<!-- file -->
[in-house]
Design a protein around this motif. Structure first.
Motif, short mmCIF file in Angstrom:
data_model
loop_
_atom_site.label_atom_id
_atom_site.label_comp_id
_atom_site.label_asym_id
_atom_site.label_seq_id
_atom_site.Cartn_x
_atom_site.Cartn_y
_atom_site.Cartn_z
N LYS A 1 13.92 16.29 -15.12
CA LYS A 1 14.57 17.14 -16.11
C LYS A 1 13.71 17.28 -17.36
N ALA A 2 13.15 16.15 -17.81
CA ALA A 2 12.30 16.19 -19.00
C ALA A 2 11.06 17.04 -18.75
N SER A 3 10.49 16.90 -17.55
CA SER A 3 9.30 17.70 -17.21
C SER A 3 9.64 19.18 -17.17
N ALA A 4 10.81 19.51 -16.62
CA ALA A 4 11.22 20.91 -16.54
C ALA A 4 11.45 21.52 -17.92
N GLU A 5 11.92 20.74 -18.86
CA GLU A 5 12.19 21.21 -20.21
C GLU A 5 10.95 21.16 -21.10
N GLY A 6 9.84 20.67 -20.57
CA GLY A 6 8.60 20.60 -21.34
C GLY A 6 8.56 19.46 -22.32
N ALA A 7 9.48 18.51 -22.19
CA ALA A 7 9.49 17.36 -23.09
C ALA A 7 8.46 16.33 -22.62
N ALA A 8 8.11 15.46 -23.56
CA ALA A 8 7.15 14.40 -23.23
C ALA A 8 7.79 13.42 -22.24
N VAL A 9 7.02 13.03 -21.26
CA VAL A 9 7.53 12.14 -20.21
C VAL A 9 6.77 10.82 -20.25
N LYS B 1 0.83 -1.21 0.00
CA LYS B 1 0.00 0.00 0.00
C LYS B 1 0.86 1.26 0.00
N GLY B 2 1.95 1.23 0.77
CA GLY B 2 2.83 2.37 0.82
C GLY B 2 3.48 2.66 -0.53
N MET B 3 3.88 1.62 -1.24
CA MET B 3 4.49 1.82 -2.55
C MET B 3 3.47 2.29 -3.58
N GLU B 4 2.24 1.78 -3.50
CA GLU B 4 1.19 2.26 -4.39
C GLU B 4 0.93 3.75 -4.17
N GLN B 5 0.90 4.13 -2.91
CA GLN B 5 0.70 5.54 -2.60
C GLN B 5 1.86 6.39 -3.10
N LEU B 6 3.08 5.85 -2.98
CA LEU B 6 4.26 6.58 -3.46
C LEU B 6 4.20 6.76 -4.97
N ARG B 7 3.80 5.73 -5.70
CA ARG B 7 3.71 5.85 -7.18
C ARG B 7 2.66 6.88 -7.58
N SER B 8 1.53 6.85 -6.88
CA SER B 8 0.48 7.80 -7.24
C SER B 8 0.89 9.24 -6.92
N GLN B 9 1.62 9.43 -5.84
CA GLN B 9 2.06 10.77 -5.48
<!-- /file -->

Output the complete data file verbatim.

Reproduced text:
[in-house]
Design a protein around this motif. Structure first.
Motif, short mmCIF file in Angstrom:
data_model
loop_
_atom_site.label_atom_id
_atom_site.label_comp_id
_atom_site.label_asym_id
_atom_site.label_seq_id
_atom_site.Cartn_x
_atom_site.Cartn_y
_atom_site.Cartn_z
N LYS A 1 13.92 16.29 -15.12
CA LYS A 1 14.57 17.14 -16.11
C LYS A 1 13.71 17.28 -17.36
N ALA A 2 13.15 16.15 -17.81
CA ALA A 2 12.30 16.19 -19.00
C ALA A 2 11.06 17.04 -18.75
N SER A 3 10.49 16.90 -17.55
CA SER A 3 9.30 17.70 -17.21
C SER A 3 9.64 19.18 -17.17
N ALA A 4 10.81 19.51 -16.62
CA ALA A 4 11.22 20.91 -16.54
C ALA A 4 11.45 21.52 -17.92
N GLU A 5 11.92 20.74 -18.86
CA GLU A 5 12.19 21.21 -20.21
C GLU A 5 10.95 21.16 -21.10
N GLY A 6 9.84 20.67 -20.57
CA GLY A 6 8.60 20.60 -21.34
C GLY A 6 8.56 19.46 -22.32
N ALA A 7 9.48 18.51 -22.19
CA ALA A 7 9.49 17.36 -23.09
C ALA A 7 8.46 16.33 -22.62
N ALA A 8 8.11 15.46 -23.56
CA ALA A 8 7.15 14.40 -23.23
C ALA A 8 7.79 13.42 -22.24
N VAL A 9 7.02 13.03 -21.26
CA VAL A 9 7.53 12.14 -20.21
C VAL A 9 6.77 10.82 -20.25
N LYS B 1 0.83 -1.21 0.00
CA LYS B 1 0.00 0.00 0.00
C LYS B 1 0.86 1.26 0.00
N GLY B 2 1.95 1.23 0.77
CA GLY B 2 2.83 2.37 0.82
C GLY B 2 3.48 2.66 -0.53
N MET B 3 3.88 1.62 -1.24
CA MET B 3 4.49 1.82 -2.55
C MET B 3 3.47 2.29 -3.58
N GLU B 4 2.24 1.78 -3.50
CA GLU B 4 1.19 2.26 -4.39
C GLU B 4 0.93 3.75 -4.17
N GLN B 5 0.90 4.13 -2.91
CA GLN B 5 0.70 5.54 -2.60
C GLN B 5 1.86 6.39 -3.10
N LEU B 6 3.08 5.85 -2.98
CA LEU B 6 4.26 6.58 -3.46
C LEU B 6 4.20 6.76 -4.97
N ARG B 7 3.80 5.73 -5.70
CA ARG B 7 3.71 5.85 -7.18
C ARG B 7 2.66 6.88 -7.58
N SER B 8 1.53 6.85 -6.88
CA SER B 8 0.48 7.80 -7.24
C SER B 8 0.89 9.24 -6.92
N GLN B 9 1.62 9.43 -5.84
CA GLN B 9 2.06 10.77 -5.48